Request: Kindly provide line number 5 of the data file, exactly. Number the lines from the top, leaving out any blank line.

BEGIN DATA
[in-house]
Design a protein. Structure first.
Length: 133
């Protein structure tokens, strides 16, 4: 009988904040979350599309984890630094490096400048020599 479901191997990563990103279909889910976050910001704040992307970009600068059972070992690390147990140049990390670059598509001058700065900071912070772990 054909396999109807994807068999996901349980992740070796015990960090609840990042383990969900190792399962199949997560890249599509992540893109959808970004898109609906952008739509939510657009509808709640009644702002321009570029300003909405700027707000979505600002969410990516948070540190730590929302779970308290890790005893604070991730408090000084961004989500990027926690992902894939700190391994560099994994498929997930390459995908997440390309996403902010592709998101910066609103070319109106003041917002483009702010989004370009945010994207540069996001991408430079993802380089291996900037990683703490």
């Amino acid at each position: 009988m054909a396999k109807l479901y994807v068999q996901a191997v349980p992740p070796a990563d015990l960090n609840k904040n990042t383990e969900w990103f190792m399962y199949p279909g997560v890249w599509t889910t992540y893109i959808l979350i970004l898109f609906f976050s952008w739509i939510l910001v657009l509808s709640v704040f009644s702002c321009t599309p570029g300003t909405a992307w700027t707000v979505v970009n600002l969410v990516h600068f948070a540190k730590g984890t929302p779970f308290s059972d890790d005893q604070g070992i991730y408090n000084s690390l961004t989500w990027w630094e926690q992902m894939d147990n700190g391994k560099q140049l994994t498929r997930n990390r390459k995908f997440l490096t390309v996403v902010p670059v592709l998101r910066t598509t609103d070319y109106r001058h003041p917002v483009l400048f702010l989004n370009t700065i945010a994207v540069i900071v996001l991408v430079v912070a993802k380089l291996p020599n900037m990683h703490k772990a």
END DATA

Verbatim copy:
């Amino acid at each position: 009988m054909a396999k109807l479901y994807v068999q996901a191997v349980p992740p070796a990563d015990l960090n609840k904040n990042t383990e969900w990103f190792m399962y199949p279909g997560v890249w599509t889910t992540y893109i959808l979350i970004l898109f609906f976050s952008w739509i939510l910001v657009l509808s709640v704040f009644s702002c321009t599309p570029g300003t909405a992307w700027t707000v979505v970009n600002l969410v990516h600068f948070a540190k730590g984890t929302p779970f308290s059972d890790d005893q604070g070992i991730y408090n000084s690390l961004t989500w990027w630094e926690q992902m894939d147990n700190g391994k560099q140049l994994t498929r997930n990390r390459k995908f997440l490096t390309v996403v902010p670059v592709l998101r910066t598509t609103d070319y109106r001058h003041p917002v483009l400048f702010l989004n370009t700065i945010a994207v540069i900071v996001l991408v430079v912070a993802k380089l291996p020599n900037m990683h703490k772990a």